If your knowledge of commodity markets comes mainly from the scene in Trading Places where Ralph Bellamy uses breakfast foods to educate Eddie Murphy, you probably are not familiar with Bullish Review, The Spread Investment Letter, or Dynamic Trader Weekly Report. But these arcane publications are at the center of a case that could affect your access to online information and self-help software.
Their publishers, who also produce books, Web sites, and computer programs for investors, recently convinced a federal judge that the First Amendment protects what they say. The need to obtain such a declaration is testimony to the overreaching ambitions of government regulators, who are always eager to assert control over new media.
The Commodity Futures Trading Commission (CFTC) claimed that newsletter publisher Frank Taucher and his co-plaintiffs had to register with the federal government as "commodity trading advisers" before they could talk about soy beans and pork bellies. Failing to register as a CTA is a felony punishable by a $500,000 fine and five years in prison.
In addition to filing an application and paying a $100 annual fee, CTAs have to undergo ethics training, maintain records that are subject to inspection by regulators, and submit reports requested by the CFTC. Taucher and the other publishers objected to the intrusiveness of the CFTC's audits, the burden of keeping extensive documentation related to their trading recommendations, and the violation of confidentiality represented by the commission's demand for subscriber lists.
More fundamentally, they did not think they should have to be licensed in order to exercise their right to free speech. The CFTC has the authority to deny or revoke a CTA's registration for "good cause," which the commission says includes "moral turpitude," "lack of honesty," and "potential disregard" of regulations.
Scott Bullock, an attorney with the Institute for Justice, the libertarian legal foundation that represented Taucher and the other publishers, argued that such discretion put the CFTC in the position of the British officials who used to license printing presses. While ostensibly protecting the public, the commission could discourage the expression of controversial opinions.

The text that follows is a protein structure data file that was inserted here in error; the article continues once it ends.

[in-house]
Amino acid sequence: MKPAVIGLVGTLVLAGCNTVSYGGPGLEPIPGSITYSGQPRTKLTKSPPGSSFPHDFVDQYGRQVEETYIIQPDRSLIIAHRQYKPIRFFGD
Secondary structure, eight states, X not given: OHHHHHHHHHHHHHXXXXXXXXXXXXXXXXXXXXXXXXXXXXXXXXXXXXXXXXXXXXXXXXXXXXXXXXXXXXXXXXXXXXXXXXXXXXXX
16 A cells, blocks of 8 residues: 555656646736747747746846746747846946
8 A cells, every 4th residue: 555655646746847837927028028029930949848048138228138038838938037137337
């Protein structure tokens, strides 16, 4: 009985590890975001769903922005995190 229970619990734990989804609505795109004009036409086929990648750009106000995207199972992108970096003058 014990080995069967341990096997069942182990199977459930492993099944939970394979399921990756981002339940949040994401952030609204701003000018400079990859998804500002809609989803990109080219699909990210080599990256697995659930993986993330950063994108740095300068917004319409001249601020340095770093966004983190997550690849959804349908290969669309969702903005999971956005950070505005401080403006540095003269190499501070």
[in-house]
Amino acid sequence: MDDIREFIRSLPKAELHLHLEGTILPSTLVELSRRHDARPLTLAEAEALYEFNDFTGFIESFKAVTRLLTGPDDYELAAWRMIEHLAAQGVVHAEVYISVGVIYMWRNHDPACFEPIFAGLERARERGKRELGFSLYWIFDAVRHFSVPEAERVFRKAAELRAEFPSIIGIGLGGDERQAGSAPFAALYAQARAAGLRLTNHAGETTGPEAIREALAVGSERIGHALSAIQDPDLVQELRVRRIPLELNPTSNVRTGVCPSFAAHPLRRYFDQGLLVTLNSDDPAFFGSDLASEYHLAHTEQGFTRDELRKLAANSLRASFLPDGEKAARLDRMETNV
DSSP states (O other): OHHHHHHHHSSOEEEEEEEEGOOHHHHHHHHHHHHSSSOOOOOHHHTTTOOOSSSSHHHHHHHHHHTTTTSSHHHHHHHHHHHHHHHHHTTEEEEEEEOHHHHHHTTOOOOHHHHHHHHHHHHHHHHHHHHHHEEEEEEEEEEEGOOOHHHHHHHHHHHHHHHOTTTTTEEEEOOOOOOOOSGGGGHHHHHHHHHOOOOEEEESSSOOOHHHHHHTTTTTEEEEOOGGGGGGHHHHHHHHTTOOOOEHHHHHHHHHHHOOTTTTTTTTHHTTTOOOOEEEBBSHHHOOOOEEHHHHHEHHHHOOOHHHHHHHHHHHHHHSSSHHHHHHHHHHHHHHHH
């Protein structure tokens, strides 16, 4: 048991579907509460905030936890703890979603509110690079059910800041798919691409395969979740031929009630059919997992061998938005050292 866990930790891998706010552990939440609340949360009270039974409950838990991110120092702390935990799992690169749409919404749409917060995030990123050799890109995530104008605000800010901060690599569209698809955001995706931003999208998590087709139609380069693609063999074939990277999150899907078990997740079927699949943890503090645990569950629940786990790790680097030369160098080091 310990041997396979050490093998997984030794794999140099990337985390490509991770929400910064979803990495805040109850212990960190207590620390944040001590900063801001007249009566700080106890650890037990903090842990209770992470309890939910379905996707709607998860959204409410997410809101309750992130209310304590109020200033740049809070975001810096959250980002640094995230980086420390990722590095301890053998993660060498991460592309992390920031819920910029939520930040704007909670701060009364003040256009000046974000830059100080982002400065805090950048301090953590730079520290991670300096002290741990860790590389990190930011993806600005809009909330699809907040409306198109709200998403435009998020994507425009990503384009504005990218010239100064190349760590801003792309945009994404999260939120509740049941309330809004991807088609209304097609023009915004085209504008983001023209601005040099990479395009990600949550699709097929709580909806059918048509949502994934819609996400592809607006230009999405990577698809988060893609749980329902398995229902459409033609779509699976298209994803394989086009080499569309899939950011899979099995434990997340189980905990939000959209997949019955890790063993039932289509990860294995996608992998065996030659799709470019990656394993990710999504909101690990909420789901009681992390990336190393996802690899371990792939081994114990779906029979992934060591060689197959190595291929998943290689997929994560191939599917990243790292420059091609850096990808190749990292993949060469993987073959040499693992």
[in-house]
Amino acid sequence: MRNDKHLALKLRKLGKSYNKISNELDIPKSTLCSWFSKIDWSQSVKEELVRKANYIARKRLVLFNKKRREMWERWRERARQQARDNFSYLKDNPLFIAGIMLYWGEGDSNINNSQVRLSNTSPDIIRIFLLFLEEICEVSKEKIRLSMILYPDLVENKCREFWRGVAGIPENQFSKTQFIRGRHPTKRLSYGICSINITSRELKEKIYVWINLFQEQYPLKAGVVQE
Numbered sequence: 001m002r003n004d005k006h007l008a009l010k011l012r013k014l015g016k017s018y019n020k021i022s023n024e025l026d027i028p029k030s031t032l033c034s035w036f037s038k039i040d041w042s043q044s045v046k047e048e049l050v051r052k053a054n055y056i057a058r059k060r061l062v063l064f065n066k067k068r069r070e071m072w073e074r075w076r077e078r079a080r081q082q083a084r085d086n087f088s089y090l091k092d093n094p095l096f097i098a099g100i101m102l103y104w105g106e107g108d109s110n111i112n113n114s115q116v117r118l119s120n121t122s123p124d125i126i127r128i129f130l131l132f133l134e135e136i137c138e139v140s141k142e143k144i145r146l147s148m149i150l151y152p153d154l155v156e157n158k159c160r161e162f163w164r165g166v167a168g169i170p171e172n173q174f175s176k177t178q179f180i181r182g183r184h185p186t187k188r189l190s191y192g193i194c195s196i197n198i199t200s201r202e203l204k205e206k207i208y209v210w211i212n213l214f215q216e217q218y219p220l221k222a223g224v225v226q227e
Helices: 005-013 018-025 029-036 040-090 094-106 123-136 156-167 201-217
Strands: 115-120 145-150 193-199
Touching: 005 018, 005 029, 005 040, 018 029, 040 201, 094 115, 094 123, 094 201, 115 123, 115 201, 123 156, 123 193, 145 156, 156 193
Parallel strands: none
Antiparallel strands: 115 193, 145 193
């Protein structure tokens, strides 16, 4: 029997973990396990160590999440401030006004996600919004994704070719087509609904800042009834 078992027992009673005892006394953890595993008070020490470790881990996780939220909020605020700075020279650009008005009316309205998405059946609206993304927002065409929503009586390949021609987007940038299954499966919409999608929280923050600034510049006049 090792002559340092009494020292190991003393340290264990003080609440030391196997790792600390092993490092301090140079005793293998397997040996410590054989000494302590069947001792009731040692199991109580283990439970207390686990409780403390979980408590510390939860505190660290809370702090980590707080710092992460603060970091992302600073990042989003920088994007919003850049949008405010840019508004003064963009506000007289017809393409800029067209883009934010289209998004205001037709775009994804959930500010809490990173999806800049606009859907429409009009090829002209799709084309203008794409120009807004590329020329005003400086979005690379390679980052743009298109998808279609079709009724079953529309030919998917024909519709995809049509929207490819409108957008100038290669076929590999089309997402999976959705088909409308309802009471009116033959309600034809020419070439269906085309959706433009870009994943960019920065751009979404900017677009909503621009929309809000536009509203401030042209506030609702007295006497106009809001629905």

The CFTC did not dare to suggest that it had the power to license and regulate major media outlets, such as Barron's and Investor's Business Daily, because they provide information about commodity markets. It said such coverage was "incidental" and therefore did not trigger the registration requirement.
In addition to focusing on small, specialized publications, the CFTC seemed to think there was something particularly suspect about interactive services, perhaps because they were thought to resemble communications between investors and personal advisers. Arguing the government's case in the U.S. District Court for the District of Columbia, the commission's lawyers implied that software, Web sites, and electronic newsletters should be subject to greater regulation than other media.
That idea has far-reaching implications. Last January, for example, a federal judge in Texas upheld a state ban on the Quicken Family Lawyer program, agreeing that it amounts to the "unauthorized practice of law." Regulators could apply the same sort of reasoning to software and Web sites that answer medical questions or help people prepare their taxes.
The outcome of the CFTC case should make that prospect less likely. In rejecting the commission's attempt to license speech, U.S. District Judge Ricardo M. Urbina emphasized that none of the plaintiffs invested money for their customers, had any personal contact with them, or provided individually tailored advice. "Their calling," he said, "is the selling of ideas, not the trading of commodity futures."
Urbina concluded that the government had crossed "the line between the regulation of a profession and the regulation of speech." In essence, he said, "the CFTC is attempting to protect the public against false doctrine," a role the Constitution does not allow.
Urbina noted that the commission "seeks to prevent individuals from publishing information based solely on a fear that someone may publish advice that is fraudulent or misleading." He ruled that "such a prior restraint on fully protected speech cannot withstand the searching scrutiny of the First Amendment."
Perhaps the most encouraging thing about Urbina's decision was the absence of any suggestion that speech in cyberspace merits less protection than speech on paper. As Institute for Justice Managing Vice President John Keppler told the BNA news service, "His decision sends a strong message to the government--hands off the Internet."